Solar energy drive to make Shimla a ‘green’ city

Ignored and untapped till now, the potential of solar energy to power Shimla and other urban centres is being realised only now .
This article is part of our special series Environmental Sustainability & Climate Change in Tier II cities supported by Climate Trends.

The colonial summer capital is taking some key steps on the energy front in its goal of becoming a green city. Presently, 67 government buildings are switching over to solar power and more than 1,000  street lights are working on solar energy. Also, dozens of city hotels are maximising their use of solar energy systems, while several residential buildings have installed photovoltaic technologies to cut down their monthly power bills.

“This is our 2021-22 mission for a green city project for which Rs 6 crore has currently been set aside out of Rs 2,900-crore worth smart-city projects,” said Pankaj Rai, then Commissioner, Shimla Municipal Corporation and head of the smart city projects. “The rest of the funding — Rs 12.85 crore — has been sought from the Centre.”

The plan, says Rai, envisages switching to low-cost, alternative energy practices for institutional buildings and citizen-centric services. Private residences will be given a choice of solar power designs to install in their homes, resulting in an overall saving of around Rs 1.5 crore a month. The Shimla Municipal Corporation bylaws now have made it mandatory for every new building to have solar energy technology/or solar grid-connected photovoltaics system to get building approval.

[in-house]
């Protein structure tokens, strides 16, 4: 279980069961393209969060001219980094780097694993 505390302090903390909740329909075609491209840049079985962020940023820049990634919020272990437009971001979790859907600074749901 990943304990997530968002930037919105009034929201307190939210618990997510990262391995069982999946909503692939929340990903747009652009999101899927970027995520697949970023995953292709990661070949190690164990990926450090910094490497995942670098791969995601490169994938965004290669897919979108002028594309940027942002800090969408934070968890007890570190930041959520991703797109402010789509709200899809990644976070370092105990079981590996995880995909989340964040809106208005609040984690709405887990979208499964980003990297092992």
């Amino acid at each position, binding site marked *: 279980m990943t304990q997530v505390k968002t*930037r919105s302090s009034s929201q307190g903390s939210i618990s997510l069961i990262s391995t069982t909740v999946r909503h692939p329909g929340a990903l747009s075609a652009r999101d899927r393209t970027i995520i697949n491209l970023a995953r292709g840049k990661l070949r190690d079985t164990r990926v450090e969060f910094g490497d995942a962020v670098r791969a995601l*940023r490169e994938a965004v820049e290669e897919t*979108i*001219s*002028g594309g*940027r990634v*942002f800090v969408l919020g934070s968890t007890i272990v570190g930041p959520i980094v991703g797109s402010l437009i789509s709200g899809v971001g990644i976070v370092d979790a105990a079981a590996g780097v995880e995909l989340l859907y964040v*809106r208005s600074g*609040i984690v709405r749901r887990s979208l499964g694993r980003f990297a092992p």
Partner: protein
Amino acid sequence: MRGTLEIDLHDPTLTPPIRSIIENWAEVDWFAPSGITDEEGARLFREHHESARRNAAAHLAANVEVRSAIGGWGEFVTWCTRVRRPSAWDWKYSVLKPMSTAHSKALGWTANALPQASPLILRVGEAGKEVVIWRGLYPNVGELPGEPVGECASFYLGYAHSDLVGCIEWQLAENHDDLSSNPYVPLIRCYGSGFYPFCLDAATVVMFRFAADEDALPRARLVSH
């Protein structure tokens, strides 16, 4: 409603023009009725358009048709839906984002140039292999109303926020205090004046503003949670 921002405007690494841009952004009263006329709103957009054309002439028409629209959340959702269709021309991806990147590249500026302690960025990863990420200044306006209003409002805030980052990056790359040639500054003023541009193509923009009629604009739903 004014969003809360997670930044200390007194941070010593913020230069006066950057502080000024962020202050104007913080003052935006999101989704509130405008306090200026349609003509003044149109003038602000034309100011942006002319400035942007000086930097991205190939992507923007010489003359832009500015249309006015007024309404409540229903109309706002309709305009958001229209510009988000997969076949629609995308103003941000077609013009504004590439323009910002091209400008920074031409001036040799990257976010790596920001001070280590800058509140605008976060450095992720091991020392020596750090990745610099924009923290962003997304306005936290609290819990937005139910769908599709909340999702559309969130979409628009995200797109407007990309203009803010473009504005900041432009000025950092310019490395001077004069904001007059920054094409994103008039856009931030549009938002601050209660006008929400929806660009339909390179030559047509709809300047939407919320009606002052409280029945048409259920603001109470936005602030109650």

Some landmark buildings and institutions already using solar energy solutions

  • Himachal Police headquarters
  • Health Directorate
  • Directorate of Rural Development building
  • HIMURJA – an energy agency
  • Directorate of Environment, Science and Technology
  • RKMV college
  • HP University
  • Portmore and Lalpani Schools
  • Himachal Pradesh High Court

Himland, a privately-owned hotel located on Shimla’s Cart road, is among the pioneers in solar use, having used solar water heating systems for almost 15 years. Bishop Cotton School, one of Asia’s oldest schools, St Bede’s college, Auckland House and a few other hotels and banks have also installed solar panels. 

Ignored and untapped for the past few decades, the potential of solar power and other unconventional renewable energy systems to power Shimla and other urban centres is only now being realised.

“Sunshine in Shimla is available for almost 325 days, which is much better than any other town,” says Asheesh Sharda, a young entrepreneur, whose home is run entirely on solar systems. And with more people willing to adopt solar systems, “solar power has really changed the face of Shimla. It is clean energy, cheap and readily available, in and around you”.